WASHINGTON -- In a case that may lead to a major ruling on freedom of minority religions from official bias, the Supreme Court agreed yesterday to review the constitutional rights of believers in a 4,000-year-old ritual of animal sacrifice.
A final decision in the case could test anew a deeply controversial, 5-4 ruling in 1990 allowing government to outlaw "harmful" forms of religious practice.
The case is a challenge by adherents of the Santeria faith to four city ordinances adopted in Hialeah, Fla., in 1987, forbidding animal killing as a ritual, while permitting ritual kosher slaughter and allowing hunters to kill their prey.
Besides agreeing to review that dispute, the court also took on a separate case with potentially wide impact. It tests the scope of a taxpayer's right to claim a federal tax deduction for the expenses of keeping an office at home.
The issue in that case is whether those deductions are forbidden if the individual does most of a business' activities outside the home, using the office just for administrative or billing chores. The case involves a McLean, Va., anesthesia specialist who works in hospital operating rooms but has his office at home (Commissioner of Internal Revenue vs. Soliman, No. 91-998).
In a third significant action yesterday, justices voted to leave intact a federal appeals court ruling that it is illegal under federal law for one marriage partner to secretly tap the other's conversations on their home telephone.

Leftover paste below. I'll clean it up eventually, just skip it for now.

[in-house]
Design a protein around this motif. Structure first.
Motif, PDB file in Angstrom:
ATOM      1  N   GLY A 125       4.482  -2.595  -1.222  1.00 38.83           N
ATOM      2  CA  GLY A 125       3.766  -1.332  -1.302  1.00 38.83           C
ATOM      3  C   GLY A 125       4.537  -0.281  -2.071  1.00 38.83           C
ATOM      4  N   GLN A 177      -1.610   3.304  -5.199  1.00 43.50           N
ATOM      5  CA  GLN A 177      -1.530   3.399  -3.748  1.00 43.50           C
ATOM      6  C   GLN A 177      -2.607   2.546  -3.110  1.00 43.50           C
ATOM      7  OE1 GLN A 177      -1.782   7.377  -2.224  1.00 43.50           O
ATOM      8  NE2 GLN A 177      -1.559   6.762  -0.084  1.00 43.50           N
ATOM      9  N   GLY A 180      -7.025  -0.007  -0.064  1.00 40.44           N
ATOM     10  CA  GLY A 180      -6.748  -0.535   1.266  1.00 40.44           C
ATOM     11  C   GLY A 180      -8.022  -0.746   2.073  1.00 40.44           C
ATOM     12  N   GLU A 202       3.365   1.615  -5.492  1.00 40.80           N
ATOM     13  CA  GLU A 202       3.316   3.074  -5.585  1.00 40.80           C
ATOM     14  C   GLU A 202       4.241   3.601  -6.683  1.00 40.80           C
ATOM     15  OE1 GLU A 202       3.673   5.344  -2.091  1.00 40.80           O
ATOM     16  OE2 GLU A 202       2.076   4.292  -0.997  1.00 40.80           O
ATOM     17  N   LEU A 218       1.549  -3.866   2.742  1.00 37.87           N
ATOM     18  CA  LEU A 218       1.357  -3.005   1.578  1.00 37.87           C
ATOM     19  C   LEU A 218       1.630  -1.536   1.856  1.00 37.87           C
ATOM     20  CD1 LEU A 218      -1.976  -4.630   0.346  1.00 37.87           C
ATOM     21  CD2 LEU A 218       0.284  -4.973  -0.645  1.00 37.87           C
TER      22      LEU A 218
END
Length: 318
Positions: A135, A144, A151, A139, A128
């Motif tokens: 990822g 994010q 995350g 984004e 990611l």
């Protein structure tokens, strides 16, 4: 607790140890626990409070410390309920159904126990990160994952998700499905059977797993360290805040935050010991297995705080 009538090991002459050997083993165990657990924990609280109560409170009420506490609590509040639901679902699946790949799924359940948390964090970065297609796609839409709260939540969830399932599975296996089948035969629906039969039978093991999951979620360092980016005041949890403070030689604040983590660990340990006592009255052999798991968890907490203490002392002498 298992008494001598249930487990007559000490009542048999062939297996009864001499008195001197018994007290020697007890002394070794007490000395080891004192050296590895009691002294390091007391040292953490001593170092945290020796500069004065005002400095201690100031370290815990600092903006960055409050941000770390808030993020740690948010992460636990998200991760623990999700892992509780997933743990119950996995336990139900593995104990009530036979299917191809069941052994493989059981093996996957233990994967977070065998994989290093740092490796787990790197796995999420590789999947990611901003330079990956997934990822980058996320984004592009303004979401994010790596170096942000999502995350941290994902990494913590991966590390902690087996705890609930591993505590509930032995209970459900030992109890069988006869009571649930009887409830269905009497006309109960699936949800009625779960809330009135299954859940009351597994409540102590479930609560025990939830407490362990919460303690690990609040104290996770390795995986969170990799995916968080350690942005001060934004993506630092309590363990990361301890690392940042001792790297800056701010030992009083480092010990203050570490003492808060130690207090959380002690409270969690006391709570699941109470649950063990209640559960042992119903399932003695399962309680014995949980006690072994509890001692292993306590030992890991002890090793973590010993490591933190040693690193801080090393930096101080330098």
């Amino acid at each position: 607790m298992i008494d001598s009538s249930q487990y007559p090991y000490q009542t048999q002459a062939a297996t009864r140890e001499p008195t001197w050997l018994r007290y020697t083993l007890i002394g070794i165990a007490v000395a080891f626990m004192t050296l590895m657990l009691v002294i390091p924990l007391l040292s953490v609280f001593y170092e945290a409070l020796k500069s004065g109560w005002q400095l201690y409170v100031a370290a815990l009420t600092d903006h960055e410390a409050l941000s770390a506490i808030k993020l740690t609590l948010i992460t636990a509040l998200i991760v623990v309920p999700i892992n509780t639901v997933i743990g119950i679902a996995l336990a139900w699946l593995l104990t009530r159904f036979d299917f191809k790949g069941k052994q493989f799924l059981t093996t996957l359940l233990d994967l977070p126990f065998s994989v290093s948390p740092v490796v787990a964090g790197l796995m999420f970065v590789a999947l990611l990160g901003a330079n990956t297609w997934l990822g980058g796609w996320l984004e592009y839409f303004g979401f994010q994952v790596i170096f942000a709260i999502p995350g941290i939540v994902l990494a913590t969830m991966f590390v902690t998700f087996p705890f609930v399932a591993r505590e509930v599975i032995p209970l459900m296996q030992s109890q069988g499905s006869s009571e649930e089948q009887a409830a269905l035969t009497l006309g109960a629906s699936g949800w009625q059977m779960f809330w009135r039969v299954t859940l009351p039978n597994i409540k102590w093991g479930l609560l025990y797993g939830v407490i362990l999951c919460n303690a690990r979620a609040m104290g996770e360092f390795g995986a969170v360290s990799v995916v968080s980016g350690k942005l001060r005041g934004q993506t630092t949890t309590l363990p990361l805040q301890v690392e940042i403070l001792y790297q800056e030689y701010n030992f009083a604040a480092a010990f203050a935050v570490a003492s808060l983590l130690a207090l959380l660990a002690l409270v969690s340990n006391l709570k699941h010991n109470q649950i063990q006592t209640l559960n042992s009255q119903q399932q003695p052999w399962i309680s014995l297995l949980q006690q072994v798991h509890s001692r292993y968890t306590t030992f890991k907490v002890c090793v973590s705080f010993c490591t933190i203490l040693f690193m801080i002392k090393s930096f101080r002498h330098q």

The court gave no reason for declining to review the lower-court decision, which grew out of marital troubles that led to a Texas couple's divorce (Heggy vs. Heggy, No. 91-1196).
In the religion case (Church of Lukumi Babalu Aye vs. City of Hialeah, No. 948), the constitutional controversy stemmed from efforts to bring into the open the largely underground religious life of more than 50,000 South Floridians, many of them Cuban exiles.
They are believers in the Santeria faith, which traces its origins to the Bantu people of southern Nigeria. African slaves brought that religion to Cuba, where their practice was outlawed; Cuban exiles brought it to Florida.
In the faith, chickens, pigeons, doves, ducks, guinea fowl, goats, tTC sheep and turtles are killed in a ritual manner, during the rites of birth, marriage and death, healing, initiation for priests and new members, and an annual celebration.
The Church of Lukumi Babalu Aye leased an abandoned used car lot in Hialeah in 1986 and announced plans to open a church. The city council reacted with four ordinances, adopted in what the church says was "a mob atmosphere" of denunciation of the Santeria faith.
As the case reached the Supreme Court, the church's lawyers urged the justices to spell out more precisely than they had in 1990 when governments may pass laws that interfere with the religious practices of particular sects.
In the decision nearly two years ago, the court said that, if government undertakes to outlaw a "harmful" practice when the conduct is forbidden for everyone, there is no constitutional violation even though it disrupts a central practice of a religious group.
To reach that decision, which permitted states to ban the use of peyote by anyone, including Indian worshipers, the court's majority embraced a broad new constitutional theory to govern interpretations of the guarantee of free exercise of religion.
Under that theory, legislatures are given wider authority to regulate conduct they consider to be harmful, so long as they do not single out a religious ritual and ban that alone.
Douglas Laycock, University of Texas law professor who is handling the Hialeah church's appeal, said yesterday that the court need not overturn the 1990 ruling to decide in favor of the church, but he said it was "possible to imagine" that decision coming under fire when the court reaches its new decision.
Two new justices have joined the court since the 1990 decision, Justices David H. Souter and Clarence Thomas, and their votes could make a difference.